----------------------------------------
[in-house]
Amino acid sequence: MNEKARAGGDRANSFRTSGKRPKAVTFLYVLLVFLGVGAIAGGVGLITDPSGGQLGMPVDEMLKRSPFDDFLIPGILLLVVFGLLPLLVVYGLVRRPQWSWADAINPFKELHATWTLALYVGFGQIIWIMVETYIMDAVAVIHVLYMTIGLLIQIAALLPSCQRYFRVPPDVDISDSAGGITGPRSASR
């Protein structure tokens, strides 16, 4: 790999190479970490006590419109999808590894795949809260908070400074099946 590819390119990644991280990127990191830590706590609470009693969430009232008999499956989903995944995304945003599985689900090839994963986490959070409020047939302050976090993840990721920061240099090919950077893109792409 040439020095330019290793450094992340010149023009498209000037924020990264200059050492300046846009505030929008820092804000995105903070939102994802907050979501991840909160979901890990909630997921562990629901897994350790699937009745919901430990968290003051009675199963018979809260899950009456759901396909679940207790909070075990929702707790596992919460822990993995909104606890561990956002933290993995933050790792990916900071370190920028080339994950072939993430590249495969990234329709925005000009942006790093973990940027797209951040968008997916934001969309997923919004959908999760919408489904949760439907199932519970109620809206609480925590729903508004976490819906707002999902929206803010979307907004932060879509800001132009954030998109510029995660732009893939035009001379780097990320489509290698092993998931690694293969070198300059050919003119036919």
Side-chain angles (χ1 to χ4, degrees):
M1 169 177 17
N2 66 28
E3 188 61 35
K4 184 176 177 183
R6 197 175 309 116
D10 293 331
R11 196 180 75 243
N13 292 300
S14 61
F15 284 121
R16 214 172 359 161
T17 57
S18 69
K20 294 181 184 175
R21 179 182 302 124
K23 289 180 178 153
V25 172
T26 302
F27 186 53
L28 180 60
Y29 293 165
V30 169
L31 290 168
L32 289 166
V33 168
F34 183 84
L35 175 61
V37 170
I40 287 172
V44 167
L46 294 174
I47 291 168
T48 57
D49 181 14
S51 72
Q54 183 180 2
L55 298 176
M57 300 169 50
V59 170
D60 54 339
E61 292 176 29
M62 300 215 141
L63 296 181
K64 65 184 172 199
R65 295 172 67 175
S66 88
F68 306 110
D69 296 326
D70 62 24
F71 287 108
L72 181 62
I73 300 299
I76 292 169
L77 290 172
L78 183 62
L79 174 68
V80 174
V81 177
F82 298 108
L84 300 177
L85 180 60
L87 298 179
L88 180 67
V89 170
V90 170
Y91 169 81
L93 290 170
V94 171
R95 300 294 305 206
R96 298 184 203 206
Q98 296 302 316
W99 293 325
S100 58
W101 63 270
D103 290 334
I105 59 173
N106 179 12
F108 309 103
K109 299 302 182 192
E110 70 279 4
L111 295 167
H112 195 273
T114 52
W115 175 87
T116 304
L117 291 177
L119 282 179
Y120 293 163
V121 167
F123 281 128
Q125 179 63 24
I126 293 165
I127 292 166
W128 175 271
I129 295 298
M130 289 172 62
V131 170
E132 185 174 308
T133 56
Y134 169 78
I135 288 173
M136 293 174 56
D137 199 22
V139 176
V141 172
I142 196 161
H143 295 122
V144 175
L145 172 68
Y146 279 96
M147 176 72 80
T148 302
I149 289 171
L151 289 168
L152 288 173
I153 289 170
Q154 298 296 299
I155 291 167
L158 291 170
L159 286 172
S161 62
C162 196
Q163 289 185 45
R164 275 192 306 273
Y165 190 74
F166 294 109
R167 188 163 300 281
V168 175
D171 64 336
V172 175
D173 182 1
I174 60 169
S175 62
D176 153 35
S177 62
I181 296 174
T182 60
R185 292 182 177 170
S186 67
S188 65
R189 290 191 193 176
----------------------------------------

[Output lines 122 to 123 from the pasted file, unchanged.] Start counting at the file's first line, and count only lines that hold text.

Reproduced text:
I155 291 167
L158 291 170